Skip to main content

News

Lin, Feng earn AMI grant for superconductor manufacturing refinement
By
Stephen Greenwell
Ying Lin [left] and Qianmei (May) Feng from the Industrial Engineering Department at the Cullen College of Engineering have received a grant from the University of Houston's Advanced Manufacturing Institute (AMI) to use machine learning techniques to understand and improve the manufacturing process for superconductors.
Ying Lin [left] and Qianmei (May) Feng from the Industrial Engineering Department at the Cullen College of Engineering have received a grant from the University of Houston's Advanced Manufacturing Institute (AMI) to use machine learning techniques to understand and improve the manufacturing process for superconductors.

A pair of professors from the Industrial Engineering Department at the Cullen College of Engineering have received a grant from the University of Houston's Advanced Manufacturing Institute (AMI) to use machine learning techniques to understand and improve the manufacturing process for superconductors.

“Machine Learning-based Process-Structure-Property (PSP) Modeling and Monitoring for Superconductor Manufacturing” is funded for $35,000. The AMI supports the transition of lab-scale technology to fully-fledged manufactured products for the market, and addresses manufacturing challenges by creating solutions in manufacturing R&D.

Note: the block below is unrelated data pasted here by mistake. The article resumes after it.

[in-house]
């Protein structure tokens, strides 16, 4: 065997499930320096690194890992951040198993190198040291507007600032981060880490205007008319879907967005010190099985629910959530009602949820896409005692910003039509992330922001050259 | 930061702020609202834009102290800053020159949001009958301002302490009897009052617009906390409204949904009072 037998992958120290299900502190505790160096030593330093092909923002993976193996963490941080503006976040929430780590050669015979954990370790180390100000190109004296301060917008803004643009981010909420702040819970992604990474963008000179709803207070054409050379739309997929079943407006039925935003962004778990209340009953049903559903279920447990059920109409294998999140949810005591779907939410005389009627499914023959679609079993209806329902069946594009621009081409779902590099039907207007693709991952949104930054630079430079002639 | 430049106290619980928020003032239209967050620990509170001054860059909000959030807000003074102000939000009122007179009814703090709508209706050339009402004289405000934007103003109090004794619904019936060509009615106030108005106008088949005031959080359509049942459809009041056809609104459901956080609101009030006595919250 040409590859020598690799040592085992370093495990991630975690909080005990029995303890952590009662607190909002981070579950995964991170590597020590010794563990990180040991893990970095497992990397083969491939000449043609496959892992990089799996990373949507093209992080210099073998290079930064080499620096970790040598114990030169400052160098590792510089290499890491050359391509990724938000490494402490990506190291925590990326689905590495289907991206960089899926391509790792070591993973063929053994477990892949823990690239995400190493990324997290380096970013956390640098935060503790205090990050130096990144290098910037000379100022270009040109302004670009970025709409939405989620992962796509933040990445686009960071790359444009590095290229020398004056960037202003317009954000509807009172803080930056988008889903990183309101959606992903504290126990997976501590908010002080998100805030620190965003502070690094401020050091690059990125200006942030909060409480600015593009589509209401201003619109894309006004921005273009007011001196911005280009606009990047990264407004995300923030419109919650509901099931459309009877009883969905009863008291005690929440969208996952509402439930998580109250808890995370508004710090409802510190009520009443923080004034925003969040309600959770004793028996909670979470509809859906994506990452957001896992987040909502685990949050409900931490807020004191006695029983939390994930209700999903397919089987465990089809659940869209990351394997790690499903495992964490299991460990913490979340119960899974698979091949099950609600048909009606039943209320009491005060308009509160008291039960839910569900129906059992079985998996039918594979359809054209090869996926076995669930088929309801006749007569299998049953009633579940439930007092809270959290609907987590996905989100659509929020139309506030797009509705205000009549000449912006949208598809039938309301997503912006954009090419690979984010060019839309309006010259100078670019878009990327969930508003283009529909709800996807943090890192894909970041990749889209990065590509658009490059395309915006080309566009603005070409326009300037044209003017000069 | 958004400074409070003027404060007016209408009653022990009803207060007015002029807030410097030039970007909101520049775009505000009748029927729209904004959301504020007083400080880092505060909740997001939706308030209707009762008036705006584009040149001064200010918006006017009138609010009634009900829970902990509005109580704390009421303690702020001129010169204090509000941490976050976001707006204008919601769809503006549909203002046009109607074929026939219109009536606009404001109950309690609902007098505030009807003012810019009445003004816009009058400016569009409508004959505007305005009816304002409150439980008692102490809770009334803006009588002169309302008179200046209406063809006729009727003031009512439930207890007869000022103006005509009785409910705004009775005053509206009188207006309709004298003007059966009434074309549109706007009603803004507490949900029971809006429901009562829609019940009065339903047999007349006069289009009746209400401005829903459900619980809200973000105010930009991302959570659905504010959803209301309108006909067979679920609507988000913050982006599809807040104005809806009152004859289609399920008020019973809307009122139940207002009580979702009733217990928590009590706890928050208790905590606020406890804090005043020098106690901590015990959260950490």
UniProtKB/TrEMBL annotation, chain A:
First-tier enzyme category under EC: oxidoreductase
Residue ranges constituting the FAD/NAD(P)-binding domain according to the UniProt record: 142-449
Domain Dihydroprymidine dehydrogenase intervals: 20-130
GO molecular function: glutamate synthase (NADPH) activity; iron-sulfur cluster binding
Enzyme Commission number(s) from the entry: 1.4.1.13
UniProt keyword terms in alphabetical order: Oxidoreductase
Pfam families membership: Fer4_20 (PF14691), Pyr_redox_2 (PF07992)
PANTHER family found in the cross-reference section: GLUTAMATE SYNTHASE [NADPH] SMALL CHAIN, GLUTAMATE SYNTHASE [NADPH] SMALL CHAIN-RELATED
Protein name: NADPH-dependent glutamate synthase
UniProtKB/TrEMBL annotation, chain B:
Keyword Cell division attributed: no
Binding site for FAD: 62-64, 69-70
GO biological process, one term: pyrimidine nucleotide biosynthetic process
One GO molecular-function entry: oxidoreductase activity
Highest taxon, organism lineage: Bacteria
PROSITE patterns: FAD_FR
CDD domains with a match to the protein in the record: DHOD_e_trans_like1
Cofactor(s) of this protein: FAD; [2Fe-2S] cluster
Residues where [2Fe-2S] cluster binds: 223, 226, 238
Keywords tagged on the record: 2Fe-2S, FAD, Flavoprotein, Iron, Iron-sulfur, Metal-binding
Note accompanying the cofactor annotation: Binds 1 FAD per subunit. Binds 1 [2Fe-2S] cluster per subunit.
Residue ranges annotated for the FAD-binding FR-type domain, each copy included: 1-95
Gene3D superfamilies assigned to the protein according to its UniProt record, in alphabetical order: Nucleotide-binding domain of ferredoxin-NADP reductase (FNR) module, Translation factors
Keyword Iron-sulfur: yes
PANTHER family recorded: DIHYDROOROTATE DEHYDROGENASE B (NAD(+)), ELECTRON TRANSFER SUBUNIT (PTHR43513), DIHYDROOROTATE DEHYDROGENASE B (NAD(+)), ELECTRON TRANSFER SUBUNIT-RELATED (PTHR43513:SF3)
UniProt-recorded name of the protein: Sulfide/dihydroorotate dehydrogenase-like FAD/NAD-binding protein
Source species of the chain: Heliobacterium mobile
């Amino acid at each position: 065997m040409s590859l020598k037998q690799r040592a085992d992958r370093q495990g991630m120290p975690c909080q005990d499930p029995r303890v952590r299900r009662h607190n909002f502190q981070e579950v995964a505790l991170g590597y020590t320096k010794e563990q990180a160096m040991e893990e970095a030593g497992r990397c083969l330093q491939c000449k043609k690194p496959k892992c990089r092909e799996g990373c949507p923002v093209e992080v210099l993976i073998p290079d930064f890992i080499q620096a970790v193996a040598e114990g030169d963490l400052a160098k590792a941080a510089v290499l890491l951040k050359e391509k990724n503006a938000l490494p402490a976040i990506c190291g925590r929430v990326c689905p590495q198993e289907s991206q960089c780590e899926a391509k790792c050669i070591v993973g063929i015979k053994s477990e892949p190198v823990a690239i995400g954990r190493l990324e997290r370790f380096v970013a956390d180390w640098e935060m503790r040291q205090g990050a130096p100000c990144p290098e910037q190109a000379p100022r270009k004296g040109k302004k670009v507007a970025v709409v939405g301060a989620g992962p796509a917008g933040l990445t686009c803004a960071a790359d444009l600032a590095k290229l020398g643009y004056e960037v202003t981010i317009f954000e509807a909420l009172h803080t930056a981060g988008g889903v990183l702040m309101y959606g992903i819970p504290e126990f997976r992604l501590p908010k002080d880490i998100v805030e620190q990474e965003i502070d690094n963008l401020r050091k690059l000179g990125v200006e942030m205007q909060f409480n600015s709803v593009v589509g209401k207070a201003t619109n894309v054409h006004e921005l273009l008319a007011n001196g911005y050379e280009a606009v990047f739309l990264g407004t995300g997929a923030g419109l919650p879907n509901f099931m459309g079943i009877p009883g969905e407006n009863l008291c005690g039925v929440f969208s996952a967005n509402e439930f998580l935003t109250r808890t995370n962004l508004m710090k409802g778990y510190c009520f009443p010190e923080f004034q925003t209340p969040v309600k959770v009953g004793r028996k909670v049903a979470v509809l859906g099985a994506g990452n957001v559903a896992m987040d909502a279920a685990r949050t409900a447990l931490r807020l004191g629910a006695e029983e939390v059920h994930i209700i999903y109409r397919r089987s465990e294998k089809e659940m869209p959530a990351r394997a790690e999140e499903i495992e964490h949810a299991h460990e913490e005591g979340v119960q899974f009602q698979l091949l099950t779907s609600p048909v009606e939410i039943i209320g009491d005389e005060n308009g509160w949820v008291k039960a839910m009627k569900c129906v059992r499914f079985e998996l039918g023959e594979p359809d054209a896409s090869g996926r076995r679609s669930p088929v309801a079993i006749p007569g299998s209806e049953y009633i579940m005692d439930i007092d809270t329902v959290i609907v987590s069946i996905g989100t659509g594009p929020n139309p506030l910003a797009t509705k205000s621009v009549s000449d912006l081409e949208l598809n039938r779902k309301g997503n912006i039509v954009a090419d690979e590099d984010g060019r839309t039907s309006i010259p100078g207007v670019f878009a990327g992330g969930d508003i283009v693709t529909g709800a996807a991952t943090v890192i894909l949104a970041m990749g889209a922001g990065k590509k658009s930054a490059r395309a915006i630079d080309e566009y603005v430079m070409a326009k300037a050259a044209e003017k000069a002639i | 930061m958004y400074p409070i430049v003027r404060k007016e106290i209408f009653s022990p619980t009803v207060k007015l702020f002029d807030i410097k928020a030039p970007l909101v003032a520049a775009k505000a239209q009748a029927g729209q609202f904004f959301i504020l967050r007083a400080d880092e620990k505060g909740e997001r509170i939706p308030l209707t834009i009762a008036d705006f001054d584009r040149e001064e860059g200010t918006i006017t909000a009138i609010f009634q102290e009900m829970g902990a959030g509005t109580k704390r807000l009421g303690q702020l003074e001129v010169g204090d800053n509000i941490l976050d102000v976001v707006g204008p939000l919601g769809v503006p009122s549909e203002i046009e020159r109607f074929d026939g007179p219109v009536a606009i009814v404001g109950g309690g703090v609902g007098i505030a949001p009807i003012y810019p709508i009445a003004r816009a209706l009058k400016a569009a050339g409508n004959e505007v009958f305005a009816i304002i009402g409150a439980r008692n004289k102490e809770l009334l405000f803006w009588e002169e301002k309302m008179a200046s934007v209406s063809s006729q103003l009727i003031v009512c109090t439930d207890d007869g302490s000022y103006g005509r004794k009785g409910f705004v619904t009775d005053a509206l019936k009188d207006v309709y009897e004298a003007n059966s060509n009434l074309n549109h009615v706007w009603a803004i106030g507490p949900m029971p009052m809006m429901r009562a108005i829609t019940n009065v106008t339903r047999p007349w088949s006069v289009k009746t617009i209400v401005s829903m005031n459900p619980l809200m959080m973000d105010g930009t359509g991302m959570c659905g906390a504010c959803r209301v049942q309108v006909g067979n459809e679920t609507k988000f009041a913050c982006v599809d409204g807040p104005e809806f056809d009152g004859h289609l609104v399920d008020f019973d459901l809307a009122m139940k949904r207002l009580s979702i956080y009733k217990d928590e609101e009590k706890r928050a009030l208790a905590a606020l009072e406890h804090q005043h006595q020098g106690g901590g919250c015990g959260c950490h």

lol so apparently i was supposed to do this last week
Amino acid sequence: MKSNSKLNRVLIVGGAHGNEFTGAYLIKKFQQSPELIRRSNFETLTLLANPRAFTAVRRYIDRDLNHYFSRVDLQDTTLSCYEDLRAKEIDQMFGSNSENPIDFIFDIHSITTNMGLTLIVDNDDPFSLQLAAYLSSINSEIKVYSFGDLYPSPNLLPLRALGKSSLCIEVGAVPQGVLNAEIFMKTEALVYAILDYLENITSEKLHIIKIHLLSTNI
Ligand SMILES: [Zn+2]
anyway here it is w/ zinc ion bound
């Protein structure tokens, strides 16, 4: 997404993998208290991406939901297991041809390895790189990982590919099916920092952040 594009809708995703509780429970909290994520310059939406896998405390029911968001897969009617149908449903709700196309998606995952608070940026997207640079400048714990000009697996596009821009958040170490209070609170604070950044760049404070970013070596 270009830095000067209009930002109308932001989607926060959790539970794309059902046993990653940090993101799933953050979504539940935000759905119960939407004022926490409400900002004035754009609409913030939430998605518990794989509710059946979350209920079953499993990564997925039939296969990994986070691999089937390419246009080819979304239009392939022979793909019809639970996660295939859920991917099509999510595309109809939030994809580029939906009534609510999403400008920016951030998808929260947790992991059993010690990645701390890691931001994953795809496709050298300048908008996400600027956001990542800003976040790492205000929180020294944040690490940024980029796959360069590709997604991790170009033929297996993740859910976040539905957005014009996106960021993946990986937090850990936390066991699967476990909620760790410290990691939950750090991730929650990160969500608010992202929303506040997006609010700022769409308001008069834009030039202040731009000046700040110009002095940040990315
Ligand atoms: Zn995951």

Ying Lin, an associate professor in the Industrial Engineering Department, is the lead PI for the project. Lin is also the director of the Smart Health & Intelligent Engineering Systems (SHINES) Lab. Qianmei (May) Feng – a professor, a Brij and Sunita Agrawal Faculty Fellow and the Graduate Program Director in the Industrial Engineering Department – is a co-PI for the project.

According to an abstract for the project, their research is focused improving the manufacturing process for high-temperature superconductors (HTS).

“To achieve high yield and improved performance in superconductor manufacturing, this project aims to develop a machine learning-based process-structure-property (PSP) modeling and monitoring system with enhanced interpretability and reproducibility,” the authors wrote.

“The objective of this proposal is to fill these gaps by achieving two specific aims: 1) Construct a novel interpretable machine learning model (i.e., graphical models) to systematically investigate and visualize the underlying PSP relationships (i.e., A-MOCVD process parameters, sub-surface microstructure, and the uniformity) of superconductor tapes on each HTS tape; and 2) Develop a graph dictionary learning model to build a dictionary of reproducible PSP relationships across heterogeneous tapes, which can be leveraged to real-time monitor the key process parameters and sub-surface microstructure during the production of new HTS tapes.”

The research was started earlier this year, and will continue through the end of the year. The grant continues earlier research that the pair also received AMI funding for.

Share This Story:

Related News Stories